When Prosecutors Write Opinions That Judges Sign Off On
The case of Doyle Lee Hamm puts a spotlight on the disparities of the justice system we teach our children about and the one we actually have.
Earlier this week, the 11th U.S. Circuit Court of Appeals heard oral argument in the case of Doyle Lee Hamm, an Alabama death row inmate whose trial, conviction, death sentence, and appeal combine to highlight (in a way most cases don’t) the vast gulf that exists in America between the justice system we teach our children about and the one we actually have. It is a story of deplorable work by appointed attorneys and the utter abdication of responsibility by judges from the very outset of the case, a classic example of how capital cases end up lingering unresolved for decades at great cost to the families of victims and taxpayers, too.
Hamm was convicted of murdering a man named Patrick Cunningham in Cullman, Alabama, in January 1987 in a robbery that netted about $350 dollars. The investigation was chaotic. Witnesses to the crime initially identified Hamm as the shooter, then recanted, then were charged as co-defendants and then made deals and turned into state witnesses. Hamm confessed to the crime, however, although the circumstances surrounding that confession remain as murky as most of the confessions that took place in the South during that era. In any event, Hamm did not testify in his own defense at his trial and his lawyer presented no witnesses on his behalf before he was convicted in September 1987.
It took just one day for the penalty phase of Hamm’s case to be completed. Hamm’s jury voted 11-1 to condemn him to death (a unanimous jury is not required in Alabama, ten jurors out of 12 can recommend a death sentence). And that was that. Except that it wasn’t. Hamm’s trial lawyer did not remotely provide him with adequate representation, especially during the trial’s penalty phase. With a man’s life on the line, defense counsel spent just 19 minutes presenting a case for mitigation. For example, even though there were thousands of pages of medical and educational records available, most of which indicated that Hamm may have brain damage, none of that information was ever presented to his jury because it was never investigated by Hamm’s attorney.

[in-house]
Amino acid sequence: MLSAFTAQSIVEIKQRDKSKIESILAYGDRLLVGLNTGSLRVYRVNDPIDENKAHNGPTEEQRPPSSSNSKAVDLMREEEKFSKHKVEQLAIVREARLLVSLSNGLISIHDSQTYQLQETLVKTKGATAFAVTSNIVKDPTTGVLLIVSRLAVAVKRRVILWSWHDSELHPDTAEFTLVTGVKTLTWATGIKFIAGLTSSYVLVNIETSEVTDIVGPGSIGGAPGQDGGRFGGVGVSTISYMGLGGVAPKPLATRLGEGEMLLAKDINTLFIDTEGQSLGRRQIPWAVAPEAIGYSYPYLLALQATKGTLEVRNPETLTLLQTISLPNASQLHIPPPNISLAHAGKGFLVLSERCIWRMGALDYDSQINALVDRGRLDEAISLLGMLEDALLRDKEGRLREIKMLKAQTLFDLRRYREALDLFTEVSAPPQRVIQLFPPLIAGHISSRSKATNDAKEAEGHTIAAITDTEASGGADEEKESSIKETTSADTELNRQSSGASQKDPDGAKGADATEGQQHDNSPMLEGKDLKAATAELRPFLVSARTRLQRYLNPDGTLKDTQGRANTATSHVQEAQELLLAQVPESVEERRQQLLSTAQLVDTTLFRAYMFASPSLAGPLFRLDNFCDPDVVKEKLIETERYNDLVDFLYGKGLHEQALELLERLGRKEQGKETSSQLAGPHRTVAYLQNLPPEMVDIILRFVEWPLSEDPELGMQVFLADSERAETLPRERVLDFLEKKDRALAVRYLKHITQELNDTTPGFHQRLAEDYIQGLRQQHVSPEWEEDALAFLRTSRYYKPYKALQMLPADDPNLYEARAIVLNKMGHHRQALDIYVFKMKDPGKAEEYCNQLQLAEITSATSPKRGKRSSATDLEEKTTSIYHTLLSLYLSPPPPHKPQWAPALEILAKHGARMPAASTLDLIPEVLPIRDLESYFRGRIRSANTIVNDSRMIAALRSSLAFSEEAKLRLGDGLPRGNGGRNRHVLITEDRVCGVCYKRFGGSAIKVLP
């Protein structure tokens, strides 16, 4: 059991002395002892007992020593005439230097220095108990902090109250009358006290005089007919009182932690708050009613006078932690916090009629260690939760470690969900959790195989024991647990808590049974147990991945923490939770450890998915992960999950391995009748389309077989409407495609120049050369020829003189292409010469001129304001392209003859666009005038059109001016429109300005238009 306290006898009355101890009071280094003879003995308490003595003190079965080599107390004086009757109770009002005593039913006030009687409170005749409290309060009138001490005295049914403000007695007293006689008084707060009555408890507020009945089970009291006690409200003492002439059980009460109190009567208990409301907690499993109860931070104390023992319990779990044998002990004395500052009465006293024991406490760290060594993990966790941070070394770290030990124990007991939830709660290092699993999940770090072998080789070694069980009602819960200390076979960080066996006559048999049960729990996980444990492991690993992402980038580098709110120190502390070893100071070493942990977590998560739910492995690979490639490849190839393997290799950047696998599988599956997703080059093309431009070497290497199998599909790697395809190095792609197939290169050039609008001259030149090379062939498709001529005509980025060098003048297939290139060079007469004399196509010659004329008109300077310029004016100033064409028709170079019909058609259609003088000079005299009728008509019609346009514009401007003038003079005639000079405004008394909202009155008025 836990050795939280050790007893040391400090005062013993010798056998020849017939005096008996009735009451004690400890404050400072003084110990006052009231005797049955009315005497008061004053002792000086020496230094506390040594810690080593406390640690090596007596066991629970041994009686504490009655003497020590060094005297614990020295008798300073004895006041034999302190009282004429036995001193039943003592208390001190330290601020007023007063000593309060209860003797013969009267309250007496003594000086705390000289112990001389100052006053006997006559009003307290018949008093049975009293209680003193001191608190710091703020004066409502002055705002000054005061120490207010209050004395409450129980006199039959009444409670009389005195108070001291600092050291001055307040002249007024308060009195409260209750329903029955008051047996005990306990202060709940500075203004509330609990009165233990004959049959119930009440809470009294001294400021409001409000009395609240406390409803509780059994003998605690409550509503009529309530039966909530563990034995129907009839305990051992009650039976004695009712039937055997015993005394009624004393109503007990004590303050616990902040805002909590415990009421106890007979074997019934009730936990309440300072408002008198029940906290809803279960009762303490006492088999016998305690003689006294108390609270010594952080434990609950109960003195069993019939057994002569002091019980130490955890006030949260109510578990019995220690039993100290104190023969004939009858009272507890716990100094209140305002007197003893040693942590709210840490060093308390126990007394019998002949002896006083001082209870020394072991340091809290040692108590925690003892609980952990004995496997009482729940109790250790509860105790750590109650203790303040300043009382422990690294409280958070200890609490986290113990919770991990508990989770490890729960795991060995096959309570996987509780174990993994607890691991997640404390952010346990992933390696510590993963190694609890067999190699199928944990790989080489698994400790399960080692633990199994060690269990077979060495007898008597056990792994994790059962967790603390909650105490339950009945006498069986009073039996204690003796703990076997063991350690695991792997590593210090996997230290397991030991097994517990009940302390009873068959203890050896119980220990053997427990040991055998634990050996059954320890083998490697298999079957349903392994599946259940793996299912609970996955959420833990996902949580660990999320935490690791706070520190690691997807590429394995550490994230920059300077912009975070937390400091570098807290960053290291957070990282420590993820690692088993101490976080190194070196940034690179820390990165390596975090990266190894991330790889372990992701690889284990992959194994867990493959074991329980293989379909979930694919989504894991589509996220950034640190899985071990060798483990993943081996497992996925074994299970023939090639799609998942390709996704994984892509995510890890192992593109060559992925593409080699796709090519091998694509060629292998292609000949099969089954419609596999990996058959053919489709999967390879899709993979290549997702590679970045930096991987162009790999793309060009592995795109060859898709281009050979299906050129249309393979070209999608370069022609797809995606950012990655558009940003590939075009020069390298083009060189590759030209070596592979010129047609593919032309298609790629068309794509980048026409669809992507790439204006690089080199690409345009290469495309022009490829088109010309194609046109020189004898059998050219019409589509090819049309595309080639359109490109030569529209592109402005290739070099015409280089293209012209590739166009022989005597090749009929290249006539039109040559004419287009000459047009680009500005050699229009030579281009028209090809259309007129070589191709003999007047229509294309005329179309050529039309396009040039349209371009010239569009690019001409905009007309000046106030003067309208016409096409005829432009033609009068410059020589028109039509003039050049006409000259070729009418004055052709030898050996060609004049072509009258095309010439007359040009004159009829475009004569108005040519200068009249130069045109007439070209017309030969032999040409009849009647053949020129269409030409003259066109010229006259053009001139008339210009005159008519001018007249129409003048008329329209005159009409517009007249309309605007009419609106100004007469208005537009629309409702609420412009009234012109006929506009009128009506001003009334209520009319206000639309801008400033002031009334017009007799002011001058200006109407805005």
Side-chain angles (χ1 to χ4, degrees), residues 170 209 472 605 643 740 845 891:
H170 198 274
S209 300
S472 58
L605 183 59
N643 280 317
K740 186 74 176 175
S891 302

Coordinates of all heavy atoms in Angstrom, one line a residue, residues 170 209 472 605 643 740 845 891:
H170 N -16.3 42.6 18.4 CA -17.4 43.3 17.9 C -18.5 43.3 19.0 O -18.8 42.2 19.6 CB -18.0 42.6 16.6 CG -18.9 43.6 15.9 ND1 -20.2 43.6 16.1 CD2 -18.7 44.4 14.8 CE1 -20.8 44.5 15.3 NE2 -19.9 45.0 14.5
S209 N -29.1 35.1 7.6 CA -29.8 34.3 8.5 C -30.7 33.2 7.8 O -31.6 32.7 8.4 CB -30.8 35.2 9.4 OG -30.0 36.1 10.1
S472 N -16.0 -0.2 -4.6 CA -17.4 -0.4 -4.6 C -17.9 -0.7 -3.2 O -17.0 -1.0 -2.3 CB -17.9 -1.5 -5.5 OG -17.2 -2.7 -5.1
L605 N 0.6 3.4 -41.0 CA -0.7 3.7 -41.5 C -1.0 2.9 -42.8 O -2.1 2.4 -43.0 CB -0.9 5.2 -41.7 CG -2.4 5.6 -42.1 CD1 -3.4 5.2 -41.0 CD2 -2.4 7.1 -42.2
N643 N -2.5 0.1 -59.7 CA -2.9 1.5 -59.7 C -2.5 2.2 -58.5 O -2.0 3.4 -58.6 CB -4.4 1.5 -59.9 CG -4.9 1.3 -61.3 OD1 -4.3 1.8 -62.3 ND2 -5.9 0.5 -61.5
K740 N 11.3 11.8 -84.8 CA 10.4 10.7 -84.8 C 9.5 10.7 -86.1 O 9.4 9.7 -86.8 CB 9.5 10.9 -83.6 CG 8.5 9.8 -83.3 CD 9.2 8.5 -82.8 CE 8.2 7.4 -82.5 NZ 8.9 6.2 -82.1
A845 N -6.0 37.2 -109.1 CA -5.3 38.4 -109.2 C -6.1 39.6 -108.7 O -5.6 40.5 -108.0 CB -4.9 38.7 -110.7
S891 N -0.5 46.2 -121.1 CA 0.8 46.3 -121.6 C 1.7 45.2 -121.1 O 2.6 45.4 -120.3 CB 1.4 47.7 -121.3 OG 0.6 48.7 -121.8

There also was evidence that Hamm’s mother drank during pregnancy, suggesting the possibility of fetal alcohol syndrome, but the jury was never told about that either. There was evidence that Hamm suffered from a mental disability — based upon a finding of an IQ of 66 when Hamm was in 6th grade—but that, too, went unexplored at trial. Each of these issues, alone, might have constituted viable “mitigating” factors for reviewing courts to evaluate or convinced two more jurors to vote for life instead of death in Hamm’s case. Together they paint a portrait of a man who may not have constituted the evil intent that often animates capital cases.
And how did the courts deal with this appalling lack of effort by Hamm’s lawyer? Both Alabama judges and a federal trial judge ruled that the defendant still had not been deprived of his constitutional right to adequate representation because the jury received approximately 15 minutes worth of monosyllabic testimony from Hamm’s sister and, as a result, “was well aware of Hamm’s piteous background, poor education, and mental and medical difficulties.” This is the essentially the same dubious standard that courts have applied to conclude that lawyers who sleep through capital cases, or lawyers who are drunk during murder trials, are still somehow providing their clients with ‘effective assistance.”